Sigrid Rajalo is a PhD student of economics at the University of Tartu. She worked as the editor of the Estonian-language university magazine for five years until August 2013.
A bunch of young Latvian students interested in space live in Tartu, and they really appreciate the chance to participate in ESTCube-1, the student satellite project.
Kārlis Zālite, a second-year doctoral student of physics at UT and a junior researcher at the Tartu Observatory, ended up in Tartu two years ago following an invitation by Mart Noorma, one of the leaders of the Estonian student satellite project. “We came to the physics summer school and met Mart Noorma again, and he told Kaspars and me to come study, Kaspars for the master’s and I for the PhD”.
In addition to Kārlis and Kaspars Laizāns, many other Latvian students have found their way to Tartu, with interest in space and science the common denominator. At least for the time being, many of these southern guests are residing in a house in Tartu’s Tammelinn, surrounded by green, that they are renting together. The students say the house has become a meeting place for many Latvian students. Most of them have been involved with the Estonian student satellite project.
Andris Slavinskis joined the space team a few months after Kārlis and Kaspars. He is a second-year doctoral student at the UT Faculty of Science and Technology and a junior research associate at the Tartu Observatory. In the satellite project, Andris works on attitude determination and control.
Master’s student Gatis Šteinbergs arrived in Tartu not long ago with the help of the Erasmus foundation, and is now developing the control system of the ESTCube mission.
Additionally, students from other fields have come from Latvia to work with the satellite project. In the spring of this year, Jānis Mucenieks defended his master’s degree in management at Ventspils University. It was directly related to the business side of the satellite project. Jānis hopes to continue with doctoral studies at the University of Tartu and further investigate how to motivate engineering and IT students to participate in business activities.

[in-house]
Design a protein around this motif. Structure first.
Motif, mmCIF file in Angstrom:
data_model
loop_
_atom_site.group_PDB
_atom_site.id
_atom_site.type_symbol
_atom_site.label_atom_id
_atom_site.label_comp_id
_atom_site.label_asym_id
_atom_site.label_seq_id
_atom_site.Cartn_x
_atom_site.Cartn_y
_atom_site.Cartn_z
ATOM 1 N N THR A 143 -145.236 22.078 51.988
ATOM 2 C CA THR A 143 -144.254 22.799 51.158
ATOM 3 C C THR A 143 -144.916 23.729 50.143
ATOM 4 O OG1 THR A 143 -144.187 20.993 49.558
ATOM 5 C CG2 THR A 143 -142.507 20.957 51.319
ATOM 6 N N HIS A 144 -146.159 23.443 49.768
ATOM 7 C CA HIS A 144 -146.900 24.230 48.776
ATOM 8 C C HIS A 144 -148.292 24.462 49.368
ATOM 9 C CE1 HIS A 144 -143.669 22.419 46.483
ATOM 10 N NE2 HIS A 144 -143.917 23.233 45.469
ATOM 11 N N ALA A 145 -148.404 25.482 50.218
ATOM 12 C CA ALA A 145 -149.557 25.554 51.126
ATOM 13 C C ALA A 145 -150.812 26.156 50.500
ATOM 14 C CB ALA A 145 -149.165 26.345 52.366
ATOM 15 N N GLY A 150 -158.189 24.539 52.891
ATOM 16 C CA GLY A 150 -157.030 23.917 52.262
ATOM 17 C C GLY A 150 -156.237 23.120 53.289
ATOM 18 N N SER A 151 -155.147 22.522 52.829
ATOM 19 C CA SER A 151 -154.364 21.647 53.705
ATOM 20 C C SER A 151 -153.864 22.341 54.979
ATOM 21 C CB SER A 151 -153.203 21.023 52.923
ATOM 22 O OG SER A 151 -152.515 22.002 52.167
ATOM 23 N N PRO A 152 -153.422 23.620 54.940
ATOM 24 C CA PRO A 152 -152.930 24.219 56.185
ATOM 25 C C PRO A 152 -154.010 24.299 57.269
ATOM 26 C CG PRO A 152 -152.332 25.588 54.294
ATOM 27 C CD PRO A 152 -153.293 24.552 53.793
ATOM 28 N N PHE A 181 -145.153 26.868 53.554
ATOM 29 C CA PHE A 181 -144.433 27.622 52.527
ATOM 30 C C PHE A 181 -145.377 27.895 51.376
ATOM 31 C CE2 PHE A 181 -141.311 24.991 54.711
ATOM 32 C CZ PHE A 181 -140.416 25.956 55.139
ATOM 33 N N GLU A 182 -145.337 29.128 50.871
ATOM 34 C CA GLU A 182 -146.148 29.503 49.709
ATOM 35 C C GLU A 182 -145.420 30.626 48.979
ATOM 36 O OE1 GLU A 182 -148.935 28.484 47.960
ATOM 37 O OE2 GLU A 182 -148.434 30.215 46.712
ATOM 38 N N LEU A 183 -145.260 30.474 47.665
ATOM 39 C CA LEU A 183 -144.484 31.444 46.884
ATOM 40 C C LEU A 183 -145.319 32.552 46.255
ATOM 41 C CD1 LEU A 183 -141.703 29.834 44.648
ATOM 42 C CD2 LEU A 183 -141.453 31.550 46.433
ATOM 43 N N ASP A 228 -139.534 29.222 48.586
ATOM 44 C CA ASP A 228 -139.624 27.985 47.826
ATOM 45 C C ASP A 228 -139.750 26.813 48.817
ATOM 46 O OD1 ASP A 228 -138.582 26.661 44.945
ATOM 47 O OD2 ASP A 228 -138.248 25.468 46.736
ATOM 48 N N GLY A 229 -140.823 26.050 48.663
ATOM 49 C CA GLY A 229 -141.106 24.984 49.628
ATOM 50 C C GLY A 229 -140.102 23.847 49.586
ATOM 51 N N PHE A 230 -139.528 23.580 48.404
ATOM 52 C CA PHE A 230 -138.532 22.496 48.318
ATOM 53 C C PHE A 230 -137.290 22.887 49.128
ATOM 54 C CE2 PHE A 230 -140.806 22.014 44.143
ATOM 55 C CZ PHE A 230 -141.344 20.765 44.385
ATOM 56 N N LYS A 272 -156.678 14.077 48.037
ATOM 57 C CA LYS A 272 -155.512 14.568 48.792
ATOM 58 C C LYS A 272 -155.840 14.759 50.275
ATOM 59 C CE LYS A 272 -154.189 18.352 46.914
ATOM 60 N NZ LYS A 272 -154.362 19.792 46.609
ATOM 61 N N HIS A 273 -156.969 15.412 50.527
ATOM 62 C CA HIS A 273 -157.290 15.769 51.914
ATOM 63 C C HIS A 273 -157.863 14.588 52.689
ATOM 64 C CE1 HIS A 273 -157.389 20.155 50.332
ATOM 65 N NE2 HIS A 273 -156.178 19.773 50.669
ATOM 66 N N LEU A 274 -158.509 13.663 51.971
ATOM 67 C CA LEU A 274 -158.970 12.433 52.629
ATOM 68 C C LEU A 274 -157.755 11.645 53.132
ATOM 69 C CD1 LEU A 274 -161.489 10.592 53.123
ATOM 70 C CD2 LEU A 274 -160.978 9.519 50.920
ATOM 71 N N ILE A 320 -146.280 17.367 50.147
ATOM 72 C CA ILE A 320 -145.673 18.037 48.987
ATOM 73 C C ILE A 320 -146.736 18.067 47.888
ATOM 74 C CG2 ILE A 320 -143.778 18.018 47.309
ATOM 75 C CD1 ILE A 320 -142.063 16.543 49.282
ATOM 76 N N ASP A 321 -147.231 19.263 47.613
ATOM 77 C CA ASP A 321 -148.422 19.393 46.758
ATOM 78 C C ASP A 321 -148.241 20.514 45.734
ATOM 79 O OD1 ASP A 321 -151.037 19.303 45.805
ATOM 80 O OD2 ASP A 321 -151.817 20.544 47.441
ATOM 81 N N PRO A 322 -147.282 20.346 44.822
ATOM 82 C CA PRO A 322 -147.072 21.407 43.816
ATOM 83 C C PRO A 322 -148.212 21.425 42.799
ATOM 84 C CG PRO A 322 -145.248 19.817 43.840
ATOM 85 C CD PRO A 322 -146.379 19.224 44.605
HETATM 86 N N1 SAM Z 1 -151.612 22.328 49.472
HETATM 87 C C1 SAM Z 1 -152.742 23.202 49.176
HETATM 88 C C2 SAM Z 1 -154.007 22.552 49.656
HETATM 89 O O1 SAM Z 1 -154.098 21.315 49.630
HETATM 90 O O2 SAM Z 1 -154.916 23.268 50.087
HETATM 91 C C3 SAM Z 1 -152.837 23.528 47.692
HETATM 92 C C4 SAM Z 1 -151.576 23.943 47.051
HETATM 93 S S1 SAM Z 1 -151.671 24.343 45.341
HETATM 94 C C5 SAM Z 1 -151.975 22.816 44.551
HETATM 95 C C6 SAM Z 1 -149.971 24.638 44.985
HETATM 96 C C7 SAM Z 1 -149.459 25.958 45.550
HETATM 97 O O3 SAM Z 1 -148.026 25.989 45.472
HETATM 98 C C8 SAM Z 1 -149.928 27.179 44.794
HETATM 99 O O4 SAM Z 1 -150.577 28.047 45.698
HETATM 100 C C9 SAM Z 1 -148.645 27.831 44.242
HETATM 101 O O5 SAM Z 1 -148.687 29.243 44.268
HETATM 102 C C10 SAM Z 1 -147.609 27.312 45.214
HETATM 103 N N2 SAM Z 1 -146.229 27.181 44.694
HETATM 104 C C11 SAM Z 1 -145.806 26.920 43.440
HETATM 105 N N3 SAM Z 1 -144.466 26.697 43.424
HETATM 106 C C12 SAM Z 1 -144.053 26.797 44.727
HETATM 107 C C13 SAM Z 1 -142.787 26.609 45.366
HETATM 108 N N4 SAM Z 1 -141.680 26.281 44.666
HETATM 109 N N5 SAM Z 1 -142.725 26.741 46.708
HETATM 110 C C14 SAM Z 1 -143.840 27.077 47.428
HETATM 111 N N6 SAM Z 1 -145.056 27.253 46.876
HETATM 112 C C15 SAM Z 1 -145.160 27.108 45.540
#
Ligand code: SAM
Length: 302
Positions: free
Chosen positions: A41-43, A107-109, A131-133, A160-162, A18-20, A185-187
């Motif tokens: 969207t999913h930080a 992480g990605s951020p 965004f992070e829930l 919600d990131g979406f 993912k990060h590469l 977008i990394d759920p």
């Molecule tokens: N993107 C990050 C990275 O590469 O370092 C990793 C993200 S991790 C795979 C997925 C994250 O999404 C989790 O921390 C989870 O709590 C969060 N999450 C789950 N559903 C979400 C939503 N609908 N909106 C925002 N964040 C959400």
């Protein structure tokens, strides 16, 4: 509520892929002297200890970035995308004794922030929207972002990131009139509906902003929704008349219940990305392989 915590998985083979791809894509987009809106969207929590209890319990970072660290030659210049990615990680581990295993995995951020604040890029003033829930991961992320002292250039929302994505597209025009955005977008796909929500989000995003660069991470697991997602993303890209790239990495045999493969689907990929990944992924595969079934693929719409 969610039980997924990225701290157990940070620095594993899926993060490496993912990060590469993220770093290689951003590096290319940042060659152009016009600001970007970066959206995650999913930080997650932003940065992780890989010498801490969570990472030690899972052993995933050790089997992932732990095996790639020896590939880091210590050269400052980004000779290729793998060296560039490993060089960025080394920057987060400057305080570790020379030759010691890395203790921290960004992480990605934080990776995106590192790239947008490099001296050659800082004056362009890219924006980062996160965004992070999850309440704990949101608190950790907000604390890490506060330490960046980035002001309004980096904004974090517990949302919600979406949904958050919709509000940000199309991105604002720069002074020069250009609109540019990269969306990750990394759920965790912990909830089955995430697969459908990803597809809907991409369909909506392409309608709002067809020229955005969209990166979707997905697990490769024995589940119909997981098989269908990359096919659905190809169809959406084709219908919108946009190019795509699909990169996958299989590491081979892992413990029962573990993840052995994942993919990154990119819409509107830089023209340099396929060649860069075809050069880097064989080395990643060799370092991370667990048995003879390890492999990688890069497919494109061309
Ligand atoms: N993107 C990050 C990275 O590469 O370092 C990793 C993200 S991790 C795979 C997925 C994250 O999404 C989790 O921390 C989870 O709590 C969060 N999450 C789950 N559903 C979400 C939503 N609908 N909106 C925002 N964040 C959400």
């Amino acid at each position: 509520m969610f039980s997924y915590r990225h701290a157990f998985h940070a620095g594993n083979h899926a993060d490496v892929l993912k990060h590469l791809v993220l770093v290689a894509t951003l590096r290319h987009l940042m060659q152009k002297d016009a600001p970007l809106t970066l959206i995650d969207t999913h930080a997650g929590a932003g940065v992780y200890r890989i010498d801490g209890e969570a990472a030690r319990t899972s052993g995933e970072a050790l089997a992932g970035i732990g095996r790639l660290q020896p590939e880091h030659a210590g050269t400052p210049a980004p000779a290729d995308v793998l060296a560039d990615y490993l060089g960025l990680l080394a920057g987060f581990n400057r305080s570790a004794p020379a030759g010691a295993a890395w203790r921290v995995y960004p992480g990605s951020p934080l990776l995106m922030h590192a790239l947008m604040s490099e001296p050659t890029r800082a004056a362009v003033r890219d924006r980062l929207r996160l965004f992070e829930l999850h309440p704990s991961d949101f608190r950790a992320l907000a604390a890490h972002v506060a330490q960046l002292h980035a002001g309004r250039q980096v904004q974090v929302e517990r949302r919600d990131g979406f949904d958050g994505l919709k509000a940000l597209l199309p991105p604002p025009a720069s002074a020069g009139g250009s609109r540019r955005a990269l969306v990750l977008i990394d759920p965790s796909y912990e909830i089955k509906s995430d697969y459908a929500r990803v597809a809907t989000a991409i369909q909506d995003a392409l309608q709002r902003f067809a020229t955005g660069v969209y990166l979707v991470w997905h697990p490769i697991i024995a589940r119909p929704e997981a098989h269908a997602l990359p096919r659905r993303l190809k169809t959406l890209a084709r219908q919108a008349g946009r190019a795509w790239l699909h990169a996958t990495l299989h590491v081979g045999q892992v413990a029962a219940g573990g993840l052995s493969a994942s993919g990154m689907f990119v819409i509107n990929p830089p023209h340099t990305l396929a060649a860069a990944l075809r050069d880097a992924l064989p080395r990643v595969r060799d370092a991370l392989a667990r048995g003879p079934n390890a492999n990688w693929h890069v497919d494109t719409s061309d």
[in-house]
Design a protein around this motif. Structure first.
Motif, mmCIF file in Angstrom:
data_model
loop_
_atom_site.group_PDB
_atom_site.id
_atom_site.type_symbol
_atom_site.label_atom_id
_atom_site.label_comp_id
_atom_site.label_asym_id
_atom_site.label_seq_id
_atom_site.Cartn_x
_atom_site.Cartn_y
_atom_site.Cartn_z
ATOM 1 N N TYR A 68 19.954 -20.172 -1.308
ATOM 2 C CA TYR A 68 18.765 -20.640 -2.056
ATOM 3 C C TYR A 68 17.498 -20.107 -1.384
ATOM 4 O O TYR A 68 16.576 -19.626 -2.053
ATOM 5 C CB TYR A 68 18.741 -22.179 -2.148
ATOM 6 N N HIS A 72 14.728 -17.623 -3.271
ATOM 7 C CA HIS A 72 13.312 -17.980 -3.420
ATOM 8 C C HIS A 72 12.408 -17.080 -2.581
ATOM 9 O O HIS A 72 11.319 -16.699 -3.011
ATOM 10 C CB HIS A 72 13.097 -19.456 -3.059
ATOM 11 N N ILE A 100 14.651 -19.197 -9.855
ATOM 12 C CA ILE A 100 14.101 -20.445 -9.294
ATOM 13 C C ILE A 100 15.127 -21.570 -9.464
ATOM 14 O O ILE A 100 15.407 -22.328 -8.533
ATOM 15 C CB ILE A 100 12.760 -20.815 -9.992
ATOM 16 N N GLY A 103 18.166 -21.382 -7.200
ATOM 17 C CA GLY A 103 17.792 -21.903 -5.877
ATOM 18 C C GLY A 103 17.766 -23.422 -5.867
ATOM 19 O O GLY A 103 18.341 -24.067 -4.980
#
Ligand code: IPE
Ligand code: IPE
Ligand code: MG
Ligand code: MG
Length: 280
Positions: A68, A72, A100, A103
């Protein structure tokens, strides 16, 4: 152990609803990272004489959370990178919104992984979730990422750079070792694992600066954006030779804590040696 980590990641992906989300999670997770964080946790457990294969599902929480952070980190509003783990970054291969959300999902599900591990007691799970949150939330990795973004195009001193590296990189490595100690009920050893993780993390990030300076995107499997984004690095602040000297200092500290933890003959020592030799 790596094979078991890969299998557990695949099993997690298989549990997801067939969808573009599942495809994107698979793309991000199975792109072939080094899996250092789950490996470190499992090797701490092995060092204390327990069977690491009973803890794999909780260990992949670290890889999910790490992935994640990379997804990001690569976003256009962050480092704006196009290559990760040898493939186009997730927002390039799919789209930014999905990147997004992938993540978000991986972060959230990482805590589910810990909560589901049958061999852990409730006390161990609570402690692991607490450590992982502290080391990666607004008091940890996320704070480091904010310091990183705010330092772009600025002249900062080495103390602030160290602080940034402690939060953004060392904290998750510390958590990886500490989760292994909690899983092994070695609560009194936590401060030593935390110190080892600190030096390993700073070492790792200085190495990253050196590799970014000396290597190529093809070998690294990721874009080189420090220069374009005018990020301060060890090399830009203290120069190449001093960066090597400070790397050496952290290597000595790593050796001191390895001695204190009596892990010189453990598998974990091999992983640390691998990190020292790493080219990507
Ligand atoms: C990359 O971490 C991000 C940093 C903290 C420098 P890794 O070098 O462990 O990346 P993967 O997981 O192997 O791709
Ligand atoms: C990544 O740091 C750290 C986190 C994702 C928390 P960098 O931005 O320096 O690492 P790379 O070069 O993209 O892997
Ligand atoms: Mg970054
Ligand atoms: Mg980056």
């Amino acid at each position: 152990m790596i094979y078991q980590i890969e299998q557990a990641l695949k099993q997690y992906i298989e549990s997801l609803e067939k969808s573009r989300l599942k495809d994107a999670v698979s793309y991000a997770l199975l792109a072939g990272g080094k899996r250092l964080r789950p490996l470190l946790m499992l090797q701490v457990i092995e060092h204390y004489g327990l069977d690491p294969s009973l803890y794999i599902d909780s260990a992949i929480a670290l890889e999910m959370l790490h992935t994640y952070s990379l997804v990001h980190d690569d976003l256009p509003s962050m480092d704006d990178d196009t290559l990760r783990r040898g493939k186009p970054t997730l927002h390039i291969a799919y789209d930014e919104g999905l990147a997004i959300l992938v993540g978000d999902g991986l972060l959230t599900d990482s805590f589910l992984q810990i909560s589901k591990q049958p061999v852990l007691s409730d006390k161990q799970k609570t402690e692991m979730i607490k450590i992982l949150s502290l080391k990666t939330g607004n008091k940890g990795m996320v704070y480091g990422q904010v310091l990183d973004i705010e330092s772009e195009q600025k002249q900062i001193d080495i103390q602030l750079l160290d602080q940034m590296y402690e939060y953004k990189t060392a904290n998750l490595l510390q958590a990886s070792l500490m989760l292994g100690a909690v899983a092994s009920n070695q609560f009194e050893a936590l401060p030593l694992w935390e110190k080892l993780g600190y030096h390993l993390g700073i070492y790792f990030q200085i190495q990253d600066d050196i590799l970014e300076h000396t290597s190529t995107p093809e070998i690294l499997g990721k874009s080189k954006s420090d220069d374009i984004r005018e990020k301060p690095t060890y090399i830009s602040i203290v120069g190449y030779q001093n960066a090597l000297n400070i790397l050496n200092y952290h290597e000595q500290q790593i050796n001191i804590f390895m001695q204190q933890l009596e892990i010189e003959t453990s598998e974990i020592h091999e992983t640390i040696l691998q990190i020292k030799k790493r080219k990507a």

“When I came to Estonia and mentioned somewhere that I was working with the ESTCube team, many said, ‘Oh, why do we need this project; it’s a kids’ toy, very expensive’. But this project is much more, everybody has a chance to try out new things, things that wouldn’t be possible somewhere else. Not just technical stuff, but also teamwork, risk and supply management, networking”, Jānis explains, adding that the project is like a small company, as the participants get the knowledge and skills to start their own businesses.
According to Jānis, his master’s thesis proved the preceding experience and respective studies, showing that projects such as ESTCube are really important for igniting the entrepreneurial spirit in students. In addition to the qualities already mentioned – entrepreneurial spirit, field-specific knowledge and skills – these kinds of projects give students a valuable network of contacts and a sense of how to find investors and successfully defend their choices in front of powers-to-be and lawmakers. “Arguments need scientific proof”, Jānis further elaborates.